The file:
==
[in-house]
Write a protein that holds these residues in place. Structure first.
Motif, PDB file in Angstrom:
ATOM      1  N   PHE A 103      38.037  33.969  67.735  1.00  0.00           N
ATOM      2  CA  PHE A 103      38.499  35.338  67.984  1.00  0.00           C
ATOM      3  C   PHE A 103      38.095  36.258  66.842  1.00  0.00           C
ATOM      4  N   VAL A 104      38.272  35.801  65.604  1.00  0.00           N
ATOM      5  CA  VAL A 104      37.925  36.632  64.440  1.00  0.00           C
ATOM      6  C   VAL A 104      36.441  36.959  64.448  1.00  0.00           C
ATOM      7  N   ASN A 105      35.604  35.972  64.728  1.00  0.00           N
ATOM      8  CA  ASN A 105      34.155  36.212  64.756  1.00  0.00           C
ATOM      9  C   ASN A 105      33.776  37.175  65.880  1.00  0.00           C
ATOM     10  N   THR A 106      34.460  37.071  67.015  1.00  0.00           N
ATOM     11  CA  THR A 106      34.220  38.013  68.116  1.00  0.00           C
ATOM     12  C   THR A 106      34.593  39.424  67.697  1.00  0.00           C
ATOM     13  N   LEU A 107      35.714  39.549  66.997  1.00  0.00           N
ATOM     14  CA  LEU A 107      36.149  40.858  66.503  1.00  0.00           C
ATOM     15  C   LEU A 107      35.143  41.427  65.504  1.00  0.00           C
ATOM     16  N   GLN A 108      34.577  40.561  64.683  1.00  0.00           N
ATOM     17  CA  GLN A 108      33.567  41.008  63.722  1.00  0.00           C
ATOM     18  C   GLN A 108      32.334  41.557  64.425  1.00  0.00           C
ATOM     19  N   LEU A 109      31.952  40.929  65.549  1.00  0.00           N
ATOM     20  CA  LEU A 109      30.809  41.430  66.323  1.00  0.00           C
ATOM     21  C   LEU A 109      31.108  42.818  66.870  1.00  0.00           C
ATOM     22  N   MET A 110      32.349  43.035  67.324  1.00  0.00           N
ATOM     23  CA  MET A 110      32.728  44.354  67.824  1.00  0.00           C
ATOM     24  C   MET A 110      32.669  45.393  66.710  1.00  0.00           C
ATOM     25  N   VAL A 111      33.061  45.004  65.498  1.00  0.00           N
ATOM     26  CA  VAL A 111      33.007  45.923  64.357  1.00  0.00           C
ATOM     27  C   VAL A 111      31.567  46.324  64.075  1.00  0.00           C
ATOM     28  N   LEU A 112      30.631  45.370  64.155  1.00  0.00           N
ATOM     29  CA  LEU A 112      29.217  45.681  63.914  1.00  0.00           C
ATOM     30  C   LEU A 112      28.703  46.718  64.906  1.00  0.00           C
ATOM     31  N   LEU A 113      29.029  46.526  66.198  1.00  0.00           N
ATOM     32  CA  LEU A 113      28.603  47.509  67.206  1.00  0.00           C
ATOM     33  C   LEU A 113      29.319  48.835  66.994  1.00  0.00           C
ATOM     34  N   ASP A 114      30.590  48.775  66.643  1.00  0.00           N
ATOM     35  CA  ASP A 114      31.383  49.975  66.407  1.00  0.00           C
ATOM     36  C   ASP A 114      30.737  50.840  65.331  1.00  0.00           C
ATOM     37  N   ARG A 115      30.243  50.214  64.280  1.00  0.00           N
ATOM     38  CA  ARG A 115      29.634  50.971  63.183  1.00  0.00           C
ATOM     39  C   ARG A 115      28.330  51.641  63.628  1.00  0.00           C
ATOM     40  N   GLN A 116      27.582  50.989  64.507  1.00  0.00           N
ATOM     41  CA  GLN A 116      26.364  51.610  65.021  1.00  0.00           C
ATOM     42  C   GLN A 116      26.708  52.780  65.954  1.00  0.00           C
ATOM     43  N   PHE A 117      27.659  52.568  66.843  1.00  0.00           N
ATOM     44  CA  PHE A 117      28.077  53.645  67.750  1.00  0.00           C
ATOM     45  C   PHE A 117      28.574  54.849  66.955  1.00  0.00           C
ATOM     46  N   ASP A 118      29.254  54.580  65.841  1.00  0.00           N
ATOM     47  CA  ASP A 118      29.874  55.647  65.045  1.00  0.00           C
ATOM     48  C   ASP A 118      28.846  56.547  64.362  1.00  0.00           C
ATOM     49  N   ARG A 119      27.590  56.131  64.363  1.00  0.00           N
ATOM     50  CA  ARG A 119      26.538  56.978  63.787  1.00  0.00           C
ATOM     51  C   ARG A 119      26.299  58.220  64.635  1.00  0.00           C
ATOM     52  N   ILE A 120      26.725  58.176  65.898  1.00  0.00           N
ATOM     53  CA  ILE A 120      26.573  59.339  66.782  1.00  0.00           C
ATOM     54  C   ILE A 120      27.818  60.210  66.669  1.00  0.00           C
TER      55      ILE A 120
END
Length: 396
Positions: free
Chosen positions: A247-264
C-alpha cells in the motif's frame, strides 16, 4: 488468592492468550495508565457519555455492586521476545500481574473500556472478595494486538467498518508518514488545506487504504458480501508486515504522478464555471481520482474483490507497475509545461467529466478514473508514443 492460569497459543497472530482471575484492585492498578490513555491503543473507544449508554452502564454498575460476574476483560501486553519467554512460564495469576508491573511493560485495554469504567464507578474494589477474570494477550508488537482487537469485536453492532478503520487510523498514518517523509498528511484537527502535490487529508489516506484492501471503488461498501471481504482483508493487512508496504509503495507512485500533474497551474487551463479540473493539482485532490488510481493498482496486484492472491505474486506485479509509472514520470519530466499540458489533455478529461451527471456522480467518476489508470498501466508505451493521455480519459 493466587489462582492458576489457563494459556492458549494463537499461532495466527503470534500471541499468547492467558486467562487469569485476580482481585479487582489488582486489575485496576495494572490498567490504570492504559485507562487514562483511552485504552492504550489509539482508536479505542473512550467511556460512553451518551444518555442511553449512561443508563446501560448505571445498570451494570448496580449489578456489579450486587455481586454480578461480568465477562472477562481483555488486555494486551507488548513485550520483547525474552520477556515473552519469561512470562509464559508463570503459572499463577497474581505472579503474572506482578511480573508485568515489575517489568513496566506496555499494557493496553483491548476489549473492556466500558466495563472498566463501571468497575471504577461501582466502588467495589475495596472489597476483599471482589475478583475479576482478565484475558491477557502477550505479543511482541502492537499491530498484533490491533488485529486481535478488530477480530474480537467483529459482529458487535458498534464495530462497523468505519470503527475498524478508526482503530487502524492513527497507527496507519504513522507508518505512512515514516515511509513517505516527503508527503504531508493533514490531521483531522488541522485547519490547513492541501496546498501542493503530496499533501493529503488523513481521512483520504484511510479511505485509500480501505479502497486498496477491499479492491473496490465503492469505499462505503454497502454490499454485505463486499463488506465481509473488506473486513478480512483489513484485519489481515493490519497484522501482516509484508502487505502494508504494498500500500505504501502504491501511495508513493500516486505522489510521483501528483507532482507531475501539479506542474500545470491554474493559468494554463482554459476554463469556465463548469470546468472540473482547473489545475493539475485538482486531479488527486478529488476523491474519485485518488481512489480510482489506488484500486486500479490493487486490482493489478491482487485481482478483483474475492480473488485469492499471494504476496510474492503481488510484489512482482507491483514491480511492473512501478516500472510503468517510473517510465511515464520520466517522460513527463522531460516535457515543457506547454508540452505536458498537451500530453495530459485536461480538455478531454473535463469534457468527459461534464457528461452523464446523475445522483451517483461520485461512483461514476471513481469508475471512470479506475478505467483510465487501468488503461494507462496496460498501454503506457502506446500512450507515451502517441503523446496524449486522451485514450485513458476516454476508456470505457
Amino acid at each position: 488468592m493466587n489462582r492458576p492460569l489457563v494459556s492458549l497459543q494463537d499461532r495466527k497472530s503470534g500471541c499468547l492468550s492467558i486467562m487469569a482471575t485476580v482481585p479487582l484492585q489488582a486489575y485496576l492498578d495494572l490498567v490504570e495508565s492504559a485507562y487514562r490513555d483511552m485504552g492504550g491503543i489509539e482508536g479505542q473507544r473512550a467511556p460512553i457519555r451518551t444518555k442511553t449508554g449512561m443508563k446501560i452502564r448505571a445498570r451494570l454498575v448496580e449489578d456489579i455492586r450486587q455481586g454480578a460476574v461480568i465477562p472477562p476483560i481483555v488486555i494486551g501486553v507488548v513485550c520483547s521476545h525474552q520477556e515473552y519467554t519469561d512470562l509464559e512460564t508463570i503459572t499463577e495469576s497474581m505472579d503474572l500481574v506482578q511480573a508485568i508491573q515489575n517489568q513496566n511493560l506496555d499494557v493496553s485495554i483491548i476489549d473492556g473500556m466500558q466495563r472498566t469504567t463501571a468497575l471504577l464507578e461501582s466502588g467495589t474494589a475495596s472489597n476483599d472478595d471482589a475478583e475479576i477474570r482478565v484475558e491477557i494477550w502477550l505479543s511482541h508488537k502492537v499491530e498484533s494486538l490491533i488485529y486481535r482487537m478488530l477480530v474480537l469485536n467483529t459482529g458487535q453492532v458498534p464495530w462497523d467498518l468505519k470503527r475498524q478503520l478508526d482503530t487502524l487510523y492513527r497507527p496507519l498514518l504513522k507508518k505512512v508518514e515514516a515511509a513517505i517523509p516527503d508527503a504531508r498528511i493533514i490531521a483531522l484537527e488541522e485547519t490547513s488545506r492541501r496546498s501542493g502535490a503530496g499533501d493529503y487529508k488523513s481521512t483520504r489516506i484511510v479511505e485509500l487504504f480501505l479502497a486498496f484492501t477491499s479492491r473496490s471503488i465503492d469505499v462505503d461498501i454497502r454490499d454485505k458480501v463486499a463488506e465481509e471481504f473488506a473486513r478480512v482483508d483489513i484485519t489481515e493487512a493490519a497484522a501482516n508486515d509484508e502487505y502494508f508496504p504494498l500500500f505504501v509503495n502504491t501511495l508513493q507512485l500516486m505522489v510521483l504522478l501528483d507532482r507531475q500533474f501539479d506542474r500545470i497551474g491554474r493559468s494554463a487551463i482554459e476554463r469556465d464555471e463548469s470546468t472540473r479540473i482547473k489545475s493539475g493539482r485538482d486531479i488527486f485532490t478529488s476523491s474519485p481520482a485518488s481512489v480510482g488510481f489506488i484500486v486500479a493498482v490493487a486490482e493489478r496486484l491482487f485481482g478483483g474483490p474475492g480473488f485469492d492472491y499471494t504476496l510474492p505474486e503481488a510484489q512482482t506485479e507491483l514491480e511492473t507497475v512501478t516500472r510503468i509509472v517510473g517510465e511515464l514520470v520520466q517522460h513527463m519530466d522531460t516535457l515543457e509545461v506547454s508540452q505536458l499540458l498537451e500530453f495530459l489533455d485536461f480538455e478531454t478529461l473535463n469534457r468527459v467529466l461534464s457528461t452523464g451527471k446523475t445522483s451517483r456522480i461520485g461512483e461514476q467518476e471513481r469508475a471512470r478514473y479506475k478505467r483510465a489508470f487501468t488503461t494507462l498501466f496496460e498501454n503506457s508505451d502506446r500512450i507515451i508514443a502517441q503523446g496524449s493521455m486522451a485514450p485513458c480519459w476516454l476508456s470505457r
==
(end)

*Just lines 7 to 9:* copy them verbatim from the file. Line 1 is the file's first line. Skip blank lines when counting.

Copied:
ATOM      4  N   VAL A 104      38.272  35.801  65.604  1.00  0.00           N
ATOM      5  CA  VAL A 104      37.925  36.632  64.440  1.00  0.00           C
ATOM      6  C   VAL A 104      36.441  36.959  64.448  1.00  0.00           C